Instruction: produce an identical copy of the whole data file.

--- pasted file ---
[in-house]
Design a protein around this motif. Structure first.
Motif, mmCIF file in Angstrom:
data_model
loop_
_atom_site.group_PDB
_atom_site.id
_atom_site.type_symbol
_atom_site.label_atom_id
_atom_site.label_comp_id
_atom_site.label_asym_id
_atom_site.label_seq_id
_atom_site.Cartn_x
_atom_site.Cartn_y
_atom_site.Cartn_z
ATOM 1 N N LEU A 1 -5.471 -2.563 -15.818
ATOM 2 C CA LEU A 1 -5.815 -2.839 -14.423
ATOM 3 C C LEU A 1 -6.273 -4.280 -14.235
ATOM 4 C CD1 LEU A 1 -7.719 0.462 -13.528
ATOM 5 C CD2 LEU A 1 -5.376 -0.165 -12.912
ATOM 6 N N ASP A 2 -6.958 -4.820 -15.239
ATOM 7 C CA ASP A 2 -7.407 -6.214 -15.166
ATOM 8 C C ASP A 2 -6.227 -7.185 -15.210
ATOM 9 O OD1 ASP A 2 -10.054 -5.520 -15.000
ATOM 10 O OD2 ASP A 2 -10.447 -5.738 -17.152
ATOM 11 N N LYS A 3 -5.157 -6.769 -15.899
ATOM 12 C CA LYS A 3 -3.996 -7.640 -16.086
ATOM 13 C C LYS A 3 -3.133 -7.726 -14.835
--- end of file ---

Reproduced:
[in-house]
Design a protein around this motif. Structure first.
Motif, mmCIF file in Angstrom:
data_model
loop_
_atom_site.group_PDB
_atom_site.id
_atom_site.type_symbol
_atom_site.label_atom_id
_atom_site.label_comp_id
_atom_site.label_asym_id
_atom_site.label_seq_id
_atom_site.Cartn_x
_atom_site.Cartn_y
_atom_site.Cartn_z
ATOM 1 N N LEU A 1 -5.471 -2.563 -15.818
ATOM 2 C CA LEU A 1 -5.815 -2.839 -14.423
ATOM 3 C C LEU A 1 -6.273 -4.280 -14.235
ATOM 4 C CD1 LEU A 1 -7.719 0.462 -13.528
ATOM 5 C CD2 LEU A 1 -5.376 -0.165 -12.912
ATOM 6 N N ASP A 2 -6.958 -4.820 -15.239
ATOM 7 C CA ASP A 2 -7.407 -6.214 -15.166
ATOM 8 C C ASP A 2 -6.227 -7.185 -15.210
ATOM 9 O OD1 ASP A 2 -10.054 -5.520 -15.000
ATOM 10 O OD2 ASP A 2 -10.447 -5.738 -17.152
ATOM 11 N N LYS A 3 -5.157 -6.769 -15.899
ATOM 12 C CA LYS A 3 -3.996 -7.640 -16.086
ATOM 13 C C LYS A 3 -3.133 -7.726 -14.835